Environmental campaigners are trying to gather support for more “plant-based meals” in Brighton and Hove schools and council-run venues.
One campaigner, Alison Plaumer, from Extinction Rebellion, has started a petition on Brighton and Hove City Council’s website which has attracted more than 240 signatures so far.
Ms Plaumer called for more plant-based school meals in a deputation to councillors backed by seven supporters at a meeting of the full council meeting last month.
The petition makes the same request, for two plant-based days at state-run schools as soon as possible – and for all council-run events to be plant-based once the pandemic is over.
In the petition, Ms Plaumer quotes Professor Michael Clark, from Oxford University, as saying: “Animal agriculture and fishing industries are leading causes of deforestation, ocean dead zones, water pollution, biodiversity loss and species extinction.
“Not only that, intensive animal farming poses a significant threat for the development of new pandemics and for furthered antibacterial resistance to emerge.”
Ms Plaumer also told the council last month: “Arguably, there is a racist element to serving dairy too much because 65 per cent of the world’s population are lactose intolerant, many from the BAME (black, Asian and minority ethnic) community.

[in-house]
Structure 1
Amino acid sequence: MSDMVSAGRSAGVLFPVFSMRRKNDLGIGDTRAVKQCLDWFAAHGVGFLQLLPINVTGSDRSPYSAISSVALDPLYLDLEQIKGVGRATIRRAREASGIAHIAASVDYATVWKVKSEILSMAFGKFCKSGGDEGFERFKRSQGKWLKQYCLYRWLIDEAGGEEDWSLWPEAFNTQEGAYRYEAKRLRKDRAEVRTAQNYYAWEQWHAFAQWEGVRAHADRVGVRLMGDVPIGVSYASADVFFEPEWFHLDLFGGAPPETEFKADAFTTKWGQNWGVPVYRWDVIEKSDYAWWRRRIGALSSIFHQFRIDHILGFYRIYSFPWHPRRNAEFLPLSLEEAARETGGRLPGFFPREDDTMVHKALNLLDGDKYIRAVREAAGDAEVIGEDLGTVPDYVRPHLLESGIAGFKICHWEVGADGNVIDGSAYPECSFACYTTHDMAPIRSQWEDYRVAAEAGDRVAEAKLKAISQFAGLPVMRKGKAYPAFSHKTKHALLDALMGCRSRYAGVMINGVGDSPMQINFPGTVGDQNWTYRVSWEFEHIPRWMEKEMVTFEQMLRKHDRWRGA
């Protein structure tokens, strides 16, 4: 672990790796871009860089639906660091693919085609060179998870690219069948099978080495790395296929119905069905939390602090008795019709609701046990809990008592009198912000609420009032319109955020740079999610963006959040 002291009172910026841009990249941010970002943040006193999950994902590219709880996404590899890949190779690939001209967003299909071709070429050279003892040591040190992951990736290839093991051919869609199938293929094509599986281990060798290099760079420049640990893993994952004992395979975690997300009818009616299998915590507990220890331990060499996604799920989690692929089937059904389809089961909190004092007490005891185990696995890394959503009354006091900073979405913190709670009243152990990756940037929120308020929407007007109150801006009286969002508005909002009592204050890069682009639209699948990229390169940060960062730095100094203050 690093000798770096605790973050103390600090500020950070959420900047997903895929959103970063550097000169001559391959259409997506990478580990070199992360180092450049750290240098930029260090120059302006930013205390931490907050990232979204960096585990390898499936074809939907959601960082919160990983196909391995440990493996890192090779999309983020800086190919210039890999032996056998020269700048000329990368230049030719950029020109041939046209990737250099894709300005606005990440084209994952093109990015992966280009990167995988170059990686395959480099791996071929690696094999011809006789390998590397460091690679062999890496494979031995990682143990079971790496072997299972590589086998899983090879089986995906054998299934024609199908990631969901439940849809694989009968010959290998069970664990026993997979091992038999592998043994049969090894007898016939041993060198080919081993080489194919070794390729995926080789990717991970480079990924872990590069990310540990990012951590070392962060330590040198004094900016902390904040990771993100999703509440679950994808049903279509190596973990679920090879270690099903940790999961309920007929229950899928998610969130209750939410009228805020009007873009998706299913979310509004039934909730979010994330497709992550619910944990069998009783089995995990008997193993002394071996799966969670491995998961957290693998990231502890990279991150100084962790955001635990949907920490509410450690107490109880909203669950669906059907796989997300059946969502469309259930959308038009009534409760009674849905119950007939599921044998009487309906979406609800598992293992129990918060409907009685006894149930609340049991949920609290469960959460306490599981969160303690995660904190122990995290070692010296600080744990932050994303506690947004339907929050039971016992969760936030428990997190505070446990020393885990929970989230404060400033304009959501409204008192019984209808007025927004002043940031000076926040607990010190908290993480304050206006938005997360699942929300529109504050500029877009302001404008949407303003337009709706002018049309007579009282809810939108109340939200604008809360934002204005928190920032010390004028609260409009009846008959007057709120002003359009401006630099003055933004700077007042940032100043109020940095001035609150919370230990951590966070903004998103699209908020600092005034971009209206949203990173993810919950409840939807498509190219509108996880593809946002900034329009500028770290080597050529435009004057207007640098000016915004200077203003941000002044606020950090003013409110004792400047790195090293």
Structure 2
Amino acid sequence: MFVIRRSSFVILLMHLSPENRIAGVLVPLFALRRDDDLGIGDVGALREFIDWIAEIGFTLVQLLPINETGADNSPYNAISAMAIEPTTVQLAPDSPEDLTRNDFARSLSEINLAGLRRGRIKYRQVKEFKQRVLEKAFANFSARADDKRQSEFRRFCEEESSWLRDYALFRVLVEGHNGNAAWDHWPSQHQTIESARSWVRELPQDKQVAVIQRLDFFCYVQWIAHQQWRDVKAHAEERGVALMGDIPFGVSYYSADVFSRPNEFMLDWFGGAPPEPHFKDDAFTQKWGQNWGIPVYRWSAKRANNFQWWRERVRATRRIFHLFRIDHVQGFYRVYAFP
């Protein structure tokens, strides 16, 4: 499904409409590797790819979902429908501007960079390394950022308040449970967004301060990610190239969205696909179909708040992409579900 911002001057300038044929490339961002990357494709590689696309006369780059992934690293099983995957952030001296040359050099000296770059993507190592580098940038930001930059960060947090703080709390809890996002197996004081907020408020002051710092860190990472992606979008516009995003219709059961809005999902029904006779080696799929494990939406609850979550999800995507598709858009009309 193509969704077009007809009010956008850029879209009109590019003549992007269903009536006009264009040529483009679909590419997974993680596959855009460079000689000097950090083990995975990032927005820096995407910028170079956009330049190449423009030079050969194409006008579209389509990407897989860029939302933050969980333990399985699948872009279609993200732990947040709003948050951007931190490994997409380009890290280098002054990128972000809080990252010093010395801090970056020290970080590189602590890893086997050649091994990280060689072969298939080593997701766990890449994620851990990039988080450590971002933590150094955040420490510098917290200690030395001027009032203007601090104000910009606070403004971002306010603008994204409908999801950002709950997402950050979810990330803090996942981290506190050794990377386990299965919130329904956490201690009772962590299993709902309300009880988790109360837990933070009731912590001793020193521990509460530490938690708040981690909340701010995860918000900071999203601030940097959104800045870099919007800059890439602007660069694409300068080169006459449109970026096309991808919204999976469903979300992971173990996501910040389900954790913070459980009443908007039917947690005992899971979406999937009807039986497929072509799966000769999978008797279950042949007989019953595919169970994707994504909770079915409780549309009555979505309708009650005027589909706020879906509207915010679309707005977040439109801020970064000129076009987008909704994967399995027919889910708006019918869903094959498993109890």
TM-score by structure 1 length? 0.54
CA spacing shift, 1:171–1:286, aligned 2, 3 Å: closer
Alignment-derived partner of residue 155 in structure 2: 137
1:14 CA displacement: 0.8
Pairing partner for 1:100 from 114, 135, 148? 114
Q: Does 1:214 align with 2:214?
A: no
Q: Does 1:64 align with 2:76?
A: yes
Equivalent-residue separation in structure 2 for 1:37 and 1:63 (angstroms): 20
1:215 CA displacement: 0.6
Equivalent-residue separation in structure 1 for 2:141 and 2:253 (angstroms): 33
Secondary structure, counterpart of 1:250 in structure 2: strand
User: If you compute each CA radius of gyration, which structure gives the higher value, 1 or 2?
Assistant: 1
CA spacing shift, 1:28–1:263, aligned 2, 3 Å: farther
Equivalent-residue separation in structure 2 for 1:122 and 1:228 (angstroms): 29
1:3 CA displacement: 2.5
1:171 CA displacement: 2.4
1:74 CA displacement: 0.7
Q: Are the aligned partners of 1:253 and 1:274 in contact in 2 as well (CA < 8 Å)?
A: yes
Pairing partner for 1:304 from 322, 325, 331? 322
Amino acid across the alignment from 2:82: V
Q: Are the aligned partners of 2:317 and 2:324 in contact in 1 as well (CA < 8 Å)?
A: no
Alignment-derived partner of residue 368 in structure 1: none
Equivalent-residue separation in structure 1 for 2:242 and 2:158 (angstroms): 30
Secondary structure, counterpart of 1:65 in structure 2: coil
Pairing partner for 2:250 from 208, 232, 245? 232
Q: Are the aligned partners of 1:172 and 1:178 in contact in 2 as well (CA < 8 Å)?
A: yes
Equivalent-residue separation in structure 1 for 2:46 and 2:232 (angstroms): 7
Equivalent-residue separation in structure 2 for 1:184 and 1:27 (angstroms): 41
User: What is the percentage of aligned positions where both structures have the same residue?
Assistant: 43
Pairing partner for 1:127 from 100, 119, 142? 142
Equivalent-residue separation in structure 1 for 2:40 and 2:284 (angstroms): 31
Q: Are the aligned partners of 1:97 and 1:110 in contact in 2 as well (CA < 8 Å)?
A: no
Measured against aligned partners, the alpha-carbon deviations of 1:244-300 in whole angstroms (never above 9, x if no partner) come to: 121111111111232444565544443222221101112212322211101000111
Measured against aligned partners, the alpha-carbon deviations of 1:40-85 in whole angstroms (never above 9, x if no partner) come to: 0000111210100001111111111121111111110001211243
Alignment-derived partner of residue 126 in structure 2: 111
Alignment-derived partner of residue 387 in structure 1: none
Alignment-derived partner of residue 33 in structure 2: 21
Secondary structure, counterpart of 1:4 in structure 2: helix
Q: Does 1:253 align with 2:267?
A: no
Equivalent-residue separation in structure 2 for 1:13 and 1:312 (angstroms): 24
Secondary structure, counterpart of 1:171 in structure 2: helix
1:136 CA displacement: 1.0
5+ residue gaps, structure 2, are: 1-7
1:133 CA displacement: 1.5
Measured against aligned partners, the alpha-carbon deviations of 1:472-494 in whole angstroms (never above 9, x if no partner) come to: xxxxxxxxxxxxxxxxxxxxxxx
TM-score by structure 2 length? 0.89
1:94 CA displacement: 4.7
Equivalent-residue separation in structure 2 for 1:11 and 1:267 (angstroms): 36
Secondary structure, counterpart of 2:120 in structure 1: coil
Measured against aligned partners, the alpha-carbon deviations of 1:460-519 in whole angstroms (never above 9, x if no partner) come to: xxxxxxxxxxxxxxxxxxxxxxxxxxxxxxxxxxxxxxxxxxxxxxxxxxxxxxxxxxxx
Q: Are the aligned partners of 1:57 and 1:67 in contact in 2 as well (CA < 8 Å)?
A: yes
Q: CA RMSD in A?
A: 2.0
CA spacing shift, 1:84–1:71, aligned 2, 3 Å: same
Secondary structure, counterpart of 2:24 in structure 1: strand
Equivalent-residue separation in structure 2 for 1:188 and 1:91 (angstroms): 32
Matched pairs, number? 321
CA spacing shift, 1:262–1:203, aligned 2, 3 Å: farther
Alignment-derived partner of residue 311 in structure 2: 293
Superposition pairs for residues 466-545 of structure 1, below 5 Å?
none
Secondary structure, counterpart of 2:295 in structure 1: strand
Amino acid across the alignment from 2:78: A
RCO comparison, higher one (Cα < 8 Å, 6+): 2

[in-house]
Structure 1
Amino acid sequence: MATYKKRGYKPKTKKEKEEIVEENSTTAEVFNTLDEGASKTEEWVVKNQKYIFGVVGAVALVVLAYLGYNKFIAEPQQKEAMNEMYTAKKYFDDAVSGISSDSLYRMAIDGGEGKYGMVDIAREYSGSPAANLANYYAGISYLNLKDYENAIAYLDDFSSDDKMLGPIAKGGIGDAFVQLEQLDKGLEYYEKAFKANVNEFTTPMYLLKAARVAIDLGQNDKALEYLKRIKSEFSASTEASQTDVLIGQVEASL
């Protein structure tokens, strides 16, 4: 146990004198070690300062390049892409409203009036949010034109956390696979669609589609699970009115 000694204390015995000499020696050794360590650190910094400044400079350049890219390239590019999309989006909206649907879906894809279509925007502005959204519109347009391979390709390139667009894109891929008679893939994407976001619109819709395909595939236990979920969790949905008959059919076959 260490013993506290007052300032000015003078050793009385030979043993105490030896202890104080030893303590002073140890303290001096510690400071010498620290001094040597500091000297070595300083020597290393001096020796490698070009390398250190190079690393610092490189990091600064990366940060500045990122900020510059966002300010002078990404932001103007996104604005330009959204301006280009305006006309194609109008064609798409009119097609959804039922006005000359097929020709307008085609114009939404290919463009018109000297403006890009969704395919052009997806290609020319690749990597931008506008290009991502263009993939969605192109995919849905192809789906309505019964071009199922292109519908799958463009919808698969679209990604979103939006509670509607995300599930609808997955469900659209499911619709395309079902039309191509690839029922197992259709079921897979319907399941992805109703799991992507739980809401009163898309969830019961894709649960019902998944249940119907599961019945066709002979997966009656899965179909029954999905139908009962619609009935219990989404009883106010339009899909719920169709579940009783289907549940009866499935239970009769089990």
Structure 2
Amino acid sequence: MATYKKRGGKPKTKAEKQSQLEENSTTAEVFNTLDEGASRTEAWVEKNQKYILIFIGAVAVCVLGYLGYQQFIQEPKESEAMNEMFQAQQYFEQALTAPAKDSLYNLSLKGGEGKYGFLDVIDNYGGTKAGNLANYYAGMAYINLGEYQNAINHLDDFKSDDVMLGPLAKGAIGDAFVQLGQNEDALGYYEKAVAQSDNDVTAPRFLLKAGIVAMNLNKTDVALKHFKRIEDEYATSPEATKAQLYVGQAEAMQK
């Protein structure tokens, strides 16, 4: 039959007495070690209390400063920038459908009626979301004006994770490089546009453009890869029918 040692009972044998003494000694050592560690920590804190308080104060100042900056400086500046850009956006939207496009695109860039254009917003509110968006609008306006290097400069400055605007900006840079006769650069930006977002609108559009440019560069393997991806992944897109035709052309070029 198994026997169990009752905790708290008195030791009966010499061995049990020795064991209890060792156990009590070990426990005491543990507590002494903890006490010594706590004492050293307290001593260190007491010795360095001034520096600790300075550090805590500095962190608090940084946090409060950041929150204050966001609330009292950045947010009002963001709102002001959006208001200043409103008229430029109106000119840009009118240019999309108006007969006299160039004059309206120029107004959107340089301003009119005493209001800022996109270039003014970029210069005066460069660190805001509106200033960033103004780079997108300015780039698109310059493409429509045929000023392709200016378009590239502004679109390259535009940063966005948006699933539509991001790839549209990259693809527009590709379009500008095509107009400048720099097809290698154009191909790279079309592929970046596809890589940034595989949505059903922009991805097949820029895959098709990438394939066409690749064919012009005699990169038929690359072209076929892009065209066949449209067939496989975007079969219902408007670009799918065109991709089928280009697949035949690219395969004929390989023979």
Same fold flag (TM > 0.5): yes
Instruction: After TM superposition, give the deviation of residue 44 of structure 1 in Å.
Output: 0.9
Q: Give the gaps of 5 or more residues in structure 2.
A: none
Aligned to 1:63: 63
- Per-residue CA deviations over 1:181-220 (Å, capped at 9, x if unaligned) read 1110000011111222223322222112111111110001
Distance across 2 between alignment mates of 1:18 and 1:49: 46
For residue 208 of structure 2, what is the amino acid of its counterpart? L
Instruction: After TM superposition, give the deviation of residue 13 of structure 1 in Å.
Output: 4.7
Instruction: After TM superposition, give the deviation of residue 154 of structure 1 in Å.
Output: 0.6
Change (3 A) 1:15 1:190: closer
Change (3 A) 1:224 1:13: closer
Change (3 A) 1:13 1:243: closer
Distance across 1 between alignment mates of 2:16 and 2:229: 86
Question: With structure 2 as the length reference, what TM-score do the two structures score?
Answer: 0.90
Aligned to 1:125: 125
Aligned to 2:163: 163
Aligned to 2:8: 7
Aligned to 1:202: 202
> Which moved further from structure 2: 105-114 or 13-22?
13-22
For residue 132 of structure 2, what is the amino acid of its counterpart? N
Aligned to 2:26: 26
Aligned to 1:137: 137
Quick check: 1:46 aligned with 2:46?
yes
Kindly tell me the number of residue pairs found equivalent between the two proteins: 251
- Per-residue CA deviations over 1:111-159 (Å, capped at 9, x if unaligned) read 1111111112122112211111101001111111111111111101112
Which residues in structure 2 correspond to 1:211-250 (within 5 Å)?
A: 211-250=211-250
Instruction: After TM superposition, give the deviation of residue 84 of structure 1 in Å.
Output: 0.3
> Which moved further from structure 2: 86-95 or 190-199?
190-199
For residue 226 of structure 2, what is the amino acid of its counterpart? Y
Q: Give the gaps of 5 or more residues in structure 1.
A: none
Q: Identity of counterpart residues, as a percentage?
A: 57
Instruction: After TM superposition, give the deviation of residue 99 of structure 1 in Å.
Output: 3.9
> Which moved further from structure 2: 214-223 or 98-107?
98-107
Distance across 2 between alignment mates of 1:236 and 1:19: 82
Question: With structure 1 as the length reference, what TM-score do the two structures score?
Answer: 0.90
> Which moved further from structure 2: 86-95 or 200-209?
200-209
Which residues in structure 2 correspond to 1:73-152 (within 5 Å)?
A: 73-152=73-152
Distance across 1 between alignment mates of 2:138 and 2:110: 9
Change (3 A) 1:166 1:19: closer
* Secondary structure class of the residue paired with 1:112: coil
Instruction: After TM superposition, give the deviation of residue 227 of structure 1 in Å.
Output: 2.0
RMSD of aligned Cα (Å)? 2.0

“Loads of parents around here give lots of support to this. What do children want? They want action. They want it now.”
She said that professional organisations such as ProVeg could offer help to councils making the shift.
In her deputation, she told councillors that Enfield had stopped serving meat at council events, Lewisham had voted to provide exclusively plant-based options at its events and Leeds had introduced a meat-free day and another plant-based day a week across 182 schools.
Green councillor Elaine Hills responded to the deputation. Councillor Hills is deputy chair of the council’s Children, Young People and Skills Committee and has been a vegan for 28 years.
She said: “Plant-based food certainly has a much lower carbon footprint than a conventional diet. I agree it is something we should focus on to meet our carbon neutrality goals.
“The Green group has for a long-time campaigned for healthier and more environmentally friendly options being made available to support the health of pupils and the planet.”
Councillor Hills said that the council was working with school food supplier Caterlink to increase the number of plant-based dishes on the menu.
She said that schools across Brighton and Hove currently have two meat-free days every three weeks.
A vegan option was available every day for those children who are registered as vegans and a meat-free option was always available in schools.
Councillor Hills said: “Ensuring meals produced are healthy, popular and are consumed by children will have a positive effect on food waste production.
“Part of this process is education. We recently increased the amount spend on environmental education.
“As part of this, we would like to make sure that children in all our schools are learning about the carbon footprint of what they eat to help inform their decision making about the food choices they make.”
The petition on the council website closes on Sunday 13 June.
The deputation to increase the number of plant-based meals in schools and at council-run venues and events is due to go before the council’s Children, Young People and Skills Committee on Monday 14 June.
To see an interview with Alison Plaumer on The Vote on Latest TV, click here.
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